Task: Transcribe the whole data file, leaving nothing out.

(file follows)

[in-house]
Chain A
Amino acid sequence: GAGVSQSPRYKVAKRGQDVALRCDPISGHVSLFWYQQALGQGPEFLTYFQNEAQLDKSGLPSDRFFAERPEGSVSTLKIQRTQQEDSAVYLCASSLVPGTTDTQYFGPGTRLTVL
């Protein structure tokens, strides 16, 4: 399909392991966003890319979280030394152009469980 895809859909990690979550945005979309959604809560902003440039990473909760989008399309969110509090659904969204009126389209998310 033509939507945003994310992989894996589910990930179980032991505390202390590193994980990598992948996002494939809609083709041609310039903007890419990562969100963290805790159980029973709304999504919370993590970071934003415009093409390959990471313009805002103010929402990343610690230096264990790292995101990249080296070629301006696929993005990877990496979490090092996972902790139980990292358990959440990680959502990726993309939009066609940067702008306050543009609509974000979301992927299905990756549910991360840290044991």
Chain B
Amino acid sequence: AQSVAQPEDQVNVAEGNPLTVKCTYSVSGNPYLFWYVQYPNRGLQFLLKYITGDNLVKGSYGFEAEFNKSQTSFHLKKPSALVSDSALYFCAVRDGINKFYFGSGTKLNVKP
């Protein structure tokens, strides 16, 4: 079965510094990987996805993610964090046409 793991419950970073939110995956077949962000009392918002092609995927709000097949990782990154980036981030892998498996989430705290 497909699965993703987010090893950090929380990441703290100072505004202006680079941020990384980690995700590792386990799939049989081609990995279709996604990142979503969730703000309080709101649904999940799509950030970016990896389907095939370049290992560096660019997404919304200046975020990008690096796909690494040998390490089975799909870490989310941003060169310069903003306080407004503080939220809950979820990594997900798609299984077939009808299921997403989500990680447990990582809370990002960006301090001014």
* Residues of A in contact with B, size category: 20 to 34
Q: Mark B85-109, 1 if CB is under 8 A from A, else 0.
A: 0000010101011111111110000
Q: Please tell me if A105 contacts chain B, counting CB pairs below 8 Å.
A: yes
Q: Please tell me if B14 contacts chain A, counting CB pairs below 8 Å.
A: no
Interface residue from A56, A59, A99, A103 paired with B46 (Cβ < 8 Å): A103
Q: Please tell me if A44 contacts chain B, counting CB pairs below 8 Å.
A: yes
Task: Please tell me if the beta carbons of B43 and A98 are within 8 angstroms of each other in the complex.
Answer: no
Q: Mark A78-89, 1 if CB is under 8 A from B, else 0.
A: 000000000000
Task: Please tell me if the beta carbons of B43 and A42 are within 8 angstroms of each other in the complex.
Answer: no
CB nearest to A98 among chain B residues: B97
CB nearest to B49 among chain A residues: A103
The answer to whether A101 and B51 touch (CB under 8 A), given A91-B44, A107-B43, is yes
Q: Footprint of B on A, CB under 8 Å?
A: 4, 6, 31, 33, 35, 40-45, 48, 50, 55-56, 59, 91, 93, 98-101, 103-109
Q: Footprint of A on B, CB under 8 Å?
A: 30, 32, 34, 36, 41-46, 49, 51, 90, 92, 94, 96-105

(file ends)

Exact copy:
[in-house]
Chain A
Amino acid sequence: GAGVSQSPRYKVAKRGQDVALRCDPISGHVSLFWYQQALGQGPEFLTYFQNEAQLDKSGLPSDRFFAERPEGSVSTLKIQRTQQEDSAVYLCASSLVPGTTDTQYFGPGTRLTVL
């Protein structure tokens, strides 16, 4: 399909392991966003890319979280030394152009469980 895809859909990690979550945005979309959604809560902003440039990473909760989008399309969110509090659904969204009126389209998310 033509939507945003994310992989894996589910990930179980032991505390202390590193994980990598992948996002494939809609083709041609310039903007890419990562969100963290805790159980029973709304999504919370993590970071934003415009093409390959990471313009805002103010929402990343610690230096264990790292995101990249080296070629301006696929993005990877990496979490090092996972902790139980990292358990959440990680959502990726993309939009066609940067702008306050543009609509974000979301992927299905990756549910991360840290044991």
Chain B
Amino acid sequence: AQSVAQPEDQVNVAEGNPLTVKCTYSVSGNPYLFWYVQYPNRGLQFLLKYITGDNLVKGSYGFEAEFNKSQTSFHLKKPSALVSDSALYFCAVRDGINKFYFGSGTKLNVKP
């Protein structure tokens, strides 16, 4: 079965510094990987996805993610964090046409 793991419950970073939110995956077949962000009392918002092609995927709000097949990782990154980036981030892998498996989430705290 497909699965993703987010090893950090929380990441703290100072505004202006680079941020990384980690995700590792386990799939049989081609990995279709996604990142979503969730703000309080709101649904999940799509950030970016990896389907095939370049290992560096660019997404919304200046975020990008690096796909690494040998390490089975799909870490989310941003060169310069903003306080407004503080939220809950979820990594997900798609299984077939009808299921997403989500990680447990990582809370990002960006301090001014």
* Residues of A in contact with B, size category: 20 to 34
Q: Mark B85-109, 1 if CB is under 8 A from A, else 0.
A: 0000010101011111111110000
Q: Please tell me if A105 contacts chain B, counting CB pairs below 8 Å.
A: yes
Q: Please tell me if B14 contacts chain A, counting CB pairs below 8 Å.
A: no
Interface residue from A56, A59, A99, A103 paired with B46 (Cβ < 8 Å): A103
Q: Please tell me if A44 contacts chain B, counting CB pairs below 8 Å.
A: yes
Task: Please tell me if the beta carbons of B43 and A98 are within 8 angstroms of each other in the complex.
Answer: no
Q: Mark A78-89, 1 if CB is under 8 A from B, else 0.
A: 000000000000
Task: Please tell me if the beta carbons of B43 and A42 are within 8 angstroms of each other in the complex.
Answer: no
CB nearest to A98 among chain B residues: B97
CB nearest to B49 among chain A residues: A103
The answer to whether A101 and B51 touch (CB under 8 A), given A91-B44, A107-B43, is yes
Q: Footprint of B on A, CB under 8 Å?
A: 4, 6, 31, 33, 35, 40-45, 48, 50, 55-56, 59, 91, 93, 98-101, 103-109
Q: Footprint of A on B, CB under 8 Å?
A: 30, 32, 34, 36, 41-46, 49, 51, 90, 92, 94, 96-105